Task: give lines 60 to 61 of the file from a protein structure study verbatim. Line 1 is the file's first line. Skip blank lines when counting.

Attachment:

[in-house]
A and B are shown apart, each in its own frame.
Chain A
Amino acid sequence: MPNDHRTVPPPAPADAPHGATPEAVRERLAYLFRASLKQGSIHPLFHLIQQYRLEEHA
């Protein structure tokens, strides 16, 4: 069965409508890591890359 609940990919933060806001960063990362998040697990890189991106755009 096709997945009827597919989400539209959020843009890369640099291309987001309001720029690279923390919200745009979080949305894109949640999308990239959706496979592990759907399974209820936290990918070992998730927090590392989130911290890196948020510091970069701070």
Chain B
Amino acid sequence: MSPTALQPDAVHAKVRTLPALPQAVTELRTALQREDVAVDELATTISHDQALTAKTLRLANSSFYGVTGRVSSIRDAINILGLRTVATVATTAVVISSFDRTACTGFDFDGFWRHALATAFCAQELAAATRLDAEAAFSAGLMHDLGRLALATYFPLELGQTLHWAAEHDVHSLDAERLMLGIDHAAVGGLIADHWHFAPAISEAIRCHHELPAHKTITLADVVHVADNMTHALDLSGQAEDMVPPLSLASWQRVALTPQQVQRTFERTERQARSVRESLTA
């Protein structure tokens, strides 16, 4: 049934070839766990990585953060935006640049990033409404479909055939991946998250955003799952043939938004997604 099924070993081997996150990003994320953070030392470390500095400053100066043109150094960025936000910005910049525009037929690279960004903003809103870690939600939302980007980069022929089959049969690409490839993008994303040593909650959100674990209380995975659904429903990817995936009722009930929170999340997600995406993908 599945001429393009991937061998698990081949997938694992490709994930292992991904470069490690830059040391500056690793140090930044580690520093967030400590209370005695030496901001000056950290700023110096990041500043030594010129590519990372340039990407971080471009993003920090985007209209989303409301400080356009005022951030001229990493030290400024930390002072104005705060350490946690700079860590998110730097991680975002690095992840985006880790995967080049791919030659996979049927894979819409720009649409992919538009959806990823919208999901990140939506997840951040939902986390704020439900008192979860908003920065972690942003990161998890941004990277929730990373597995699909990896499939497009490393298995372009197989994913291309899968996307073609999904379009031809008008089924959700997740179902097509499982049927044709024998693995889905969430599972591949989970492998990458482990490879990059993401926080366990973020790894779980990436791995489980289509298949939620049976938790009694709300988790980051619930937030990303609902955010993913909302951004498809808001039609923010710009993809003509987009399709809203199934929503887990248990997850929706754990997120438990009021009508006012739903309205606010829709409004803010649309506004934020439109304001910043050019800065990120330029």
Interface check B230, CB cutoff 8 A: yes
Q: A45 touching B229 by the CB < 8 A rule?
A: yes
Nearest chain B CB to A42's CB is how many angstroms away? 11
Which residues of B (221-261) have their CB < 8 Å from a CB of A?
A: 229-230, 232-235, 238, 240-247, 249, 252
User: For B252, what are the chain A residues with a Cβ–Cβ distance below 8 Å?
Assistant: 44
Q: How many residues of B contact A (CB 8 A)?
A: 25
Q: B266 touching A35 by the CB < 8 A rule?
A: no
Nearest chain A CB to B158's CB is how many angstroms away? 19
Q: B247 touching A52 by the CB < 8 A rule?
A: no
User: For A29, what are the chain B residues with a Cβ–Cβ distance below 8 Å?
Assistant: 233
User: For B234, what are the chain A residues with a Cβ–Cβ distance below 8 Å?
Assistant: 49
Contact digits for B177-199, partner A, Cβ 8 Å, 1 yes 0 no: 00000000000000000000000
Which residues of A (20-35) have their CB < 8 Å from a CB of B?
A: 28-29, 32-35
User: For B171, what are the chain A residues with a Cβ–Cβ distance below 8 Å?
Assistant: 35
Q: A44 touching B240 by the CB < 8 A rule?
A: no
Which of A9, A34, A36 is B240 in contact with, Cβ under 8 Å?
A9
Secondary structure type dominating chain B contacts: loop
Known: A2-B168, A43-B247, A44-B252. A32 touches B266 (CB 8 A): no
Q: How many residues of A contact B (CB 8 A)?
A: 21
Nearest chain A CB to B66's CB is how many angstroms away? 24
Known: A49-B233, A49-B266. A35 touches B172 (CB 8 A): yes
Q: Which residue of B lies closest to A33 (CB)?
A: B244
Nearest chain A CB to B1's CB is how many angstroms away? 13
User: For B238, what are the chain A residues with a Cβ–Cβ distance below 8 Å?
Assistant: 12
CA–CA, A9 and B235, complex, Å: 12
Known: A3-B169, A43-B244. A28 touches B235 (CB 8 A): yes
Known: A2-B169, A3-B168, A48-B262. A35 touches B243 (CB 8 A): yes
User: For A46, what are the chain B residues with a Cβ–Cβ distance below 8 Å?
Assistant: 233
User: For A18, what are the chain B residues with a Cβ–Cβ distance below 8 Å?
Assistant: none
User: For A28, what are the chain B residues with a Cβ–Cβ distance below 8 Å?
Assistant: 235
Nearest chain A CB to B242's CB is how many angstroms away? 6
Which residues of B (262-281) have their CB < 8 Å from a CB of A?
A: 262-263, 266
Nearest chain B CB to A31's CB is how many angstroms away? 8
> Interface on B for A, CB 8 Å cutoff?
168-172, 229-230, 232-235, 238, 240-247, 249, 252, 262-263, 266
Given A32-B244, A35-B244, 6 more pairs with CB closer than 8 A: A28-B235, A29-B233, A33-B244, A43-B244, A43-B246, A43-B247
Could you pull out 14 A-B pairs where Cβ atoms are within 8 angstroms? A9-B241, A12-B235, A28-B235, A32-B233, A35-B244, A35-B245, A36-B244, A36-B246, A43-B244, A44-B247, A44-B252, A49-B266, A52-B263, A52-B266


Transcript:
Nearest chain B CB to A31's CB is how many angstroms away? 8
> Interface on B for A, CB 8 Å cutoff?